2021 Volkswagen ID 4 second drive review: Refreshingly normal
Our second go with VW's upcoming EV leaves us convinced that electrification is the way forward.
Tim StevensFormer editor at large for CNET Cars
Tim Stevens got his start writing professionally while still in school in the mid '90s, and since then has covered topics ranging from business process management to video game development to automotive technology.
It's been a long time coming, but the 2021 Volkswagen ID 4 EV is nearly here. That is, nearly ready for patient buyers to actually take the things home and experience what VW can do when it makes up its mind to build an electric car from the ground up.
Don't get me wrong, the VW e-Golf was great, but shoving a battery pack in a car designed around an engine and gasoline tank necessarily results in some substantial compromises. The ID 4's MEB platform was designed for EVs like this, and as such offers far more range and a much better layout than the humble Golf.
How much more range? At 250 miles per the EPA, the ID 4 can go twice as far on a charge as the e-Golf. That's despite having much more power (201 horsepower and 228 pound-feet of torque) and being bigger and roomier, too.
My colleague Steven Ewing already had a go in the American flavor of the ID 4, so I won't rehash too many details, but suffice to say my impressions behind the wheel were very much the same. Despite all that power going to the rear axle, there's very little that's sporty about the ID 4. It accelerates briskly but not angrily and offers a comfortable, relaxed ride quality. It's a very different thing from Volvo's electric XC40 Recharge, which is surprisingly quick.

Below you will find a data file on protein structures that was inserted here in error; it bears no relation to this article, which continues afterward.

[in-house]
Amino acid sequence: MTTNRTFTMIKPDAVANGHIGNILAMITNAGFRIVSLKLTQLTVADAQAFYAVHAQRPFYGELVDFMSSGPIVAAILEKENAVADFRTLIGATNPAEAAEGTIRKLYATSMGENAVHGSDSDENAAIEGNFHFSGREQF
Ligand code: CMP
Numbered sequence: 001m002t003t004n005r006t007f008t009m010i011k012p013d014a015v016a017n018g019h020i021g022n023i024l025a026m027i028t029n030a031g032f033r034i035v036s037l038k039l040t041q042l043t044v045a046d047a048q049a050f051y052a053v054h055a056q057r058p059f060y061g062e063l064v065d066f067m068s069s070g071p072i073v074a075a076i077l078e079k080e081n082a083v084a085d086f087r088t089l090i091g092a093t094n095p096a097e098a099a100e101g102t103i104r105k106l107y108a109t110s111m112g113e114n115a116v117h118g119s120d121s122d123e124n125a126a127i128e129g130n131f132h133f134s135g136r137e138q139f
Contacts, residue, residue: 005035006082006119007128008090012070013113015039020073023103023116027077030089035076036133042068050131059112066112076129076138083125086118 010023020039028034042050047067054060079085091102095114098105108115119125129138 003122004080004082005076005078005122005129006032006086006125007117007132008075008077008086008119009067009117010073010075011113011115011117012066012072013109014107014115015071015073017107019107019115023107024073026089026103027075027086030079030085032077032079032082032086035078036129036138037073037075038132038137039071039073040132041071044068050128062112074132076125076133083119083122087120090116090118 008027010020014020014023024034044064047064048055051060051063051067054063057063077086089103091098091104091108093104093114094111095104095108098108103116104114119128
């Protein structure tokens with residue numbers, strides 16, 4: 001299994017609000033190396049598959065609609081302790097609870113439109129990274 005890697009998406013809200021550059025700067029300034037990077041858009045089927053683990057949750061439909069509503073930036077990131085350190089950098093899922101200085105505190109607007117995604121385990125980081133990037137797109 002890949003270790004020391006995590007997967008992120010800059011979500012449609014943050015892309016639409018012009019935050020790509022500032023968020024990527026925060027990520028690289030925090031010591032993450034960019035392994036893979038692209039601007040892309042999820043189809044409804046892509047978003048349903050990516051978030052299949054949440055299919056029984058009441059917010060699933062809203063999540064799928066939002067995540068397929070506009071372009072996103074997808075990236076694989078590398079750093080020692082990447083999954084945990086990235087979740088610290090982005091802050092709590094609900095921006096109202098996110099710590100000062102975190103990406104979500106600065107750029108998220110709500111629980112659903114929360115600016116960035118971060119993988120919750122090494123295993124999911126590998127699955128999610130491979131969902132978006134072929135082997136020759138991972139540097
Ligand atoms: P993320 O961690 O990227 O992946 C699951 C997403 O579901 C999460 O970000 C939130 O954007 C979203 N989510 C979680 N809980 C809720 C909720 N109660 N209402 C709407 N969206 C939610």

This observation is not a strike against the VW. Far from it. I really liked the chill feel of the ID 4, a vibe you pick up as soon as you get in the car. The stark, white of the steering wheel and other interior highlights present on this First Edition give the car a bright, modern aesthetic that's more concept car than conventional cruiser. Even the act of driving away is free of drama. You just sit down, tilt the gauge-cluster-mounted shifter in the direction you want to go, and step on the accelerator.
The shifter is very much in the style of that found in another EV, BMW's i3, which I adored. This style didn't catch on back then, and I'd probably be letting optimism get the better of me to hope that it might do so now. Regardless, it's far more intuitive than the push-button solutions showing up on more and more cars.
After you get where you're going, just push a button to put the car into park (it clicks like a mouse when you do), get out, and walk away. The car powers itself down.
To find more fresh takes on everyday tasks, look no further than this VW's HVAC system. Sure, you can do the usual zones and temperatures and defrost settings, but the ID 4 adds some smarts and personality with Smart Climate modes. Are your hands cold? There's a mode for that, which turns on the steering wheel and directs warm air through the dashboard vents. Feet too hot? There's a mode for that too, plus one called Fresh Air that quickly sucks in some ambient atmosphere -- not something I sampled much on my chilly New Jersey drive, I confess.
Control freaks will surely want to dial in their own climate settings, which they can do, but I'll be curious to see how well these modes strike their targeted scenarios when we get a chance to spend a little more quality time with the ID 4. I'm also curious to see whether Volkswagen can improve the responsiveness of the software the car is running, because right now, it's all sorts of laggy. That's not good given how many of the car's systems are all handled via the center-mounted touchscreen.
Really, though, that's the only fly in this ointment. The 2021 Volkswagen ID 4 is an impressive package. From the fresh look inside and out to the overall calm, relaxed aura of the thing, it left me smiling and wanting more. Hopefully that's something we'll all get soon.